Indian High Courts


HIGH COURTS AND SUBORDINATE COURTS IN INDIA
By: Pan Mohamad Faiz
[1]
A. HIGH COURTS

Appointment of Acting Chief Justice
Under Article 223, if the office of the Chief Justice of any State High Courts falls vacant or if the Chief Justice is absent or for some reason is not in a position to discharge the responsibilities of the office, then the President is empower to appoint any one of the judges of that Court as ‘Acting Chief Justice’.

Appointment of Additional and Acting Judges
Under Article 224 (1) if for some temporary reason the functions of a High Court has increased temporarily and the President feels the necessity to increase the number of Judges temporarily for these functions, then he can appoint those who fulfill the requisite qualifications as ‘Additional Judges’ for a period not exceeding two years. In the like manner, under article 224 (2) during the absence of some judge, the President can appoint acting judge.

Transfer of Judges in Other State
According to article 222, the President in consultation with the Chief of Justice of a High Court, can transfer a judge from one High Court to another. The Constitution Bench of the Supreme Court, giving verdict on a litigation on December 30, 1981 stated that the power of government in order to transfer the state to another, is completely legal. For this act it is not necessary to decision it was clearly stated that the transfer of judges can be made only in the ‘Public Interest’ and not in order to punish them. For this purpose it is necessary to have effective consultation with the Chief Justice of the country.

Qualification
Article 217 (2) has laid down the following qualifications for the judges of the High Court.
(a) He should have remained in the office of Justice for not less than ten years.
(b) He had worked for ten years continuously as lawyer in any High Court or High Courts.
(c) He should be citizen of India.

Tenure
The Judges of High Court can remain in office till the completion of 62 years of age. Besides on the following grounds he can be relieved from this office.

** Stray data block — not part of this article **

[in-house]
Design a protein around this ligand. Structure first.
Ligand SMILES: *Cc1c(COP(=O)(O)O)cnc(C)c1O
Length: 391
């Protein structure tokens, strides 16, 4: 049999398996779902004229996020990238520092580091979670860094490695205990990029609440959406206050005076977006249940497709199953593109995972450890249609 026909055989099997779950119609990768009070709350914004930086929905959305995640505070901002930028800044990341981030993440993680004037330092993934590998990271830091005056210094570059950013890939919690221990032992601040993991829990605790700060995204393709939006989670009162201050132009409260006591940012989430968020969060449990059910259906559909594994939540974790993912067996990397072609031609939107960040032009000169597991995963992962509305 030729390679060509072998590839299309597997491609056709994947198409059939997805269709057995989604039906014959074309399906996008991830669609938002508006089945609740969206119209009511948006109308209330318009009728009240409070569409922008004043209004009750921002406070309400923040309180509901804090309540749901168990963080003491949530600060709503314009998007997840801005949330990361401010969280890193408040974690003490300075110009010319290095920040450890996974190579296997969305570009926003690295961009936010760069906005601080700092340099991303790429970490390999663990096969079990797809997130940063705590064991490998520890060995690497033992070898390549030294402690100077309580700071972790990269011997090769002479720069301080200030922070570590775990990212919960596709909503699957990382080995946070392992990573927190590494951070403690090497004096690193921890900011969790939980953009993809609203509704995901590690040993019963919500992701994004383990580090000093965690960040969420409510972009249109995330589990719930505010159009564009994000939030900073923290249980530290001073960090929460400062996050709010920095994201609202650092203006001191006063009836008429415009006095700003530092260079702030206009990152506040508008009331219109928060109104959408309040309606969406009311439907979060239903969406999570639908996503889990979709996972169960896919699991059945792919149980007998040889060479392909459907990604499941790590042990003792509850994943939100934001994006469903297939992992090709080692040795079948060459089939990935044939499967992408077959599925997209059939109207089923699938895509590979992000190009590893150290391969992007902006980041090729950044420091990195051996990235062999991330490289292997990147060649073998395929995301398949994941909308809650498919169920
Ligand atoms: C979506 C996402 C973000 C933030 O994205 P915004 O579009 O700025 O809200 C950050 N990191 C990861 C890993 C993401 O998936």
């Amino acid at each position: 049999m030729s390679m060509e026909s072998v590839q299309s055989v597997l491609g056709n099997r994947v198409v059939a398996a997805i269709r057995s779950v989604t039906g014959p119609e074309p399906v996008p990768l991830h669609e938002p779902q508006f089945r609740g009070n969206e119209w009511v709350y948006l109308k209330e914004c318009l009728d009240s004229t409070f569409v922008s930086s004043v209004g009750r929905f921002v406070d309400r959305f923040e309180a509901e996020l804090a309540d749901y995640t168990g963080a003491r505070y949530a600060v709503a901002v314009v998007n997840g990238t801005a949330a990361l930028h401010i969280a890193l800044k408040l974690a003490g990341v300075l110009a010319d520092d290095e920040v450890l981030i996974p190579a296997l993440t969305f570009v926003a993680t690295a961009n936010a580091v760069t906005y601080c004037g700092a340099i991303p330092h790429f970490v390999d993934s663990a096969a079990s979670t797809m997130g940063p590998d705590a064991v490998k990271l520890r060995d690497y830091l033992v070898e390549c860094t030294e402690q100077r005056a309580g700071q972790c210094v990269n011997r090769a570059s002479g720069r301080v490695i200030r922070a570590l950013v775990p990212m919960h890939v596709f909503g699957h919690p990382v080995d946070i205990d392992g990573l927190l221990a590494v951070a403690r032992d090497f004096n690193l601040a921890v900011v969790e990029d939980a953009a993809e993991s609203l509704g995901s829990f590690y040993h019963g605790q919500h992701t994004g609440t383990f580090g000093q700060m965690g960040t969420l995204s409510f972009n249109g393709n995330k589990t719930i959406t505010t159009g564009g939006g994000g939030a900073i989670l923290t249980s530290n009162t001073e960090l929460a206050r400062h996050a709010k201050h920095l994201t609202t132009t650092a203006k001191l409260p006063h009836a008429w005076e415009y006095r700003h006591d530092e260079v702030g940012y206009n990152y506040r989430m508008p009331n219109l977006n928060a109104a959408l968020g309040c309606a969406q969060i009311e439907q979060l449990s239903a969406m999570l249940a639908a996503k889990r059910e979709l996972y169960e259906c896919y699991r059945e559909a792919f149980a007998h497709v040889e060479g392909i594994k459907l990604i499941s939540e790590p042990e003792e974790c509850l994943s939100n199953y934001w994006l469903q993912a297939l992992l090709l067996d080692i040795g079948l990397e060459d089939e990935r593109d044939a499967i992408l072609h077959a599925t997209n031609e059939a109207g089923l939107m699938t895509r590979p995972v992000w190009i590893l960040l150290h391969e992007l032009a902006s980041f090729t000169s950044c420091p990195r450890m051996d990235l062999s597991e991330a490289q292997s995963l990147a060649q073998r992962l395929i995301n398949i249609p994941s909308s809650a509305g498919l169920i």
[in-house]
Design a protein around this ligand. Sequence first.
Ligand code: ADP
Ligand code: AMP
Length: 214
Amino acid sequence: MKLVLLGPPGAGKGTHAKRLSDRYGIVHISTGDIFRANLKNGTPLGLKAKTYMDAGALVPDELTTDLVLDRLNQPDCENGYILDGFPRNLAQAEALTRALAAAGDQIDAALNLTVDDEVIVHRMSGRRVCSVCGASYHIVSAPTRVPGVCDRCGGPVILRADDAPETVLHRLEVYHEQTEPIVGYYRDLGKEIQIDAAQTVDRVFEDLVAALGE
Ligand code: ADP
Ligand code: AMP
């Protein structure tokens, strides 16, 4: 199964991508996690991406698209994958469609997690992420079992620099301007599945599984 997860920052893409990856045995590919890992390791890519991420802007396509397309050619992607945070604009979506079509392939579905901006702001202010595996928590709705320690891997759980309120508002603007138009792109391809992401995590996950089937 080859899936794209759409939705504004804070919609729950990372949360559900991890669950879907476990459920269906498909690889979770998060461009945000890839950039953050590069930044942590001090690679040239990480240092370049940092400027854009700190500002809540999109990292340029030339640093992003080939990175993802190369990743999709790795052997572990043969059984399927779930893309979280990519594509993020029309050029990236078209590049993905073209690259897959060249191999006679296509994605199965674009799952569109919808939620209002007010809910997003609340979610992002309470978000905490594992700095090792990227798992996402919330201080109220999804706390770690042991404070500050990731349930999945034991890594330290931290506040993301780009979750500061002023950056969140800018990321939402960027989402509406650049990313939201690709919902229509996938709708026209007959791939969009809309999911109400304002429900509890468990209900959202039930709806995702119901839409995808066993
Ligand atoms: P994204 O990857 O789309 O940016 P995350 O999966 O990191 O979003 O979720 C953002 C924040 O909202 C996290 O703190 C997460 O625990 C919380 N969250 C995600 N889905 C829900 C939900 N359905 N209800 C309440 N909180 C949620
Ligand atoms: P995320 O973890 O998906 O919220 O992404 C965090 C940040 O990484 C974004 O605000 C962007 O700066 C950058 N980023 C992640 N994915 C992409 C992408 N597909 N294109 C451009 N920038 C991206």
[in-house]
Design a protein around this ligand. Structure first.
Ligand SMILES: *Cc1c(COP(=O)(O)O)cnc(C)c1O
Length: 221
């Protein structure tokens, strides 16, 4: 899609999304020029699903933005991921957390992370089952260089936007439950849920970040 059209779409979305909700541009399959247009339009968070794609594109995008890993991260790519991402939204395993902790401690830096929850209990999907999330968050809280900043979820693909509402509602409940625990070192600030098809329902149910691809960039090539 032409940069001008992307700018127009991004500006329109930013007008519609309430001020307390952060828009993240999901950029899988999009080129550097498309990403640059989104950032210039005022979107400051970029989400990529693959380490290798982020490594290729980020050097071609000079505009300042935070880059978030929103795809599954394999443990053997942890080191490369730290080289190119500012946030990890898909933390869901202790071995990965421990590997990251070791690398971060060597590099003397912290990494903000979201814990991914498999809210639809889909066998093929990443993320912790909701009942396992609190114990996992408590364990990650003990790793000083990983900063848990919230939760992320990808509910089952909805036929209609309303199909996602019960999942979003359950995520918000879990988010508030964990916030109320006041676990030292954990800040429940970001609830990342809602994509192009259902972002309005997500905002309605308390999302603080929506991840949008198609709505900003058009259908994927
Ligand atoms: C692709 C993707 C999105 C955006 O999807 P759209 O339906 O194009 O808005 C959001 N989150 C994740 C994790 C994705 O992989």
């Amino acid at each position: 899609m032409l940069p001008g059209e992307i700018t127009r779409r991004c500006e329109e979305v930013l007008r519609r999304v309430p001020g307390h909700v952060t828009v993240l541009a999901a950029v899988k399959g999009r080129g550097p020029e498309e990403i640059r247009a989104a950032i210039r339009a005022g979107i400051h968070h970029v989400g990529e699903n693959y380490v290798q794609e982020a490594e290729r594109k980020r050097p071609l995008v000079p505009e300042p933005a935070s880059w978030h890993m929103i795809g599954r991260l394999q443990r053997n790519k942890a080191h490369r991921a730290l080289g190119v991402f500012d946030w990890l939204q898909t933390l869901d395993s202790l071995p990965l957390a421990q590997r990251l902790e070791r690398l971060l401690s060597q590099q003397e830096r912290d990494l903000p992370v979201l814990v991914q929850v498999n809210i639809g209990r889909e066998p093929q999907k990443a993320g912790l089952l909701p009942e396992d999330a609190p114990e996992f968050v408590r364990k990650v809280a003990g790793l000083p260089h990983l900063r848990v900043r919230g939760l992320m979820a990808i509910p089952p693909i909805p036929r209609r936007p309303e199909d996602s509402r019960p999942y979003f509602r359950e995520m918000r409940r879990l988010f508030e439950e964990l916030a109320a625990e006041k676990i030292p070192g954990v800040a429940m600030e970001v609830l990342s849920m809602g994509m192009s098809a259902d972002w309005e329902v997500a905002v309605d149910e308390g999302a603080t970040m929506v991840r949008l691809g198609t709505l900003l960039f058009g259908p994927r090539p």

1. If he is promoted and transferred to Supreme Court,
  2. If on the basis of misbehavior or disqualification, if the Parliament in a Single Session passes a resolution by a majority of the total membership which is more than two-thirds of the members present and voting in each House of the Parliament separately,
  3. If he resign. After his retirement, he can practice in any High Court other than his own court.

Salary etc.
There is a provision for the payment of uniform salaries to the judges of all High courts in India. According to the latest Amendment the Chief Justice and other judges of the High Court are entitled to a Rs. 26,000 respectively plus other allowances and rent free official residence.

B. SUBORDINATE COURTS

1. Criminal Courts:

The highest court in the district is that of District and Sessions judge. It is empowered to hear both the civil as well as criminal cases. It should be noted that the district and the session court is one and the same court and the same person acts in both the civil and criminal capacities. When he deals with civil cases, he is known as the District Judge and when he hears criminal cases, he is called the Sessions Judge. This court tries these cases with the help of a jury or assessors and is competent to inflict any punishment sanctioned by the law.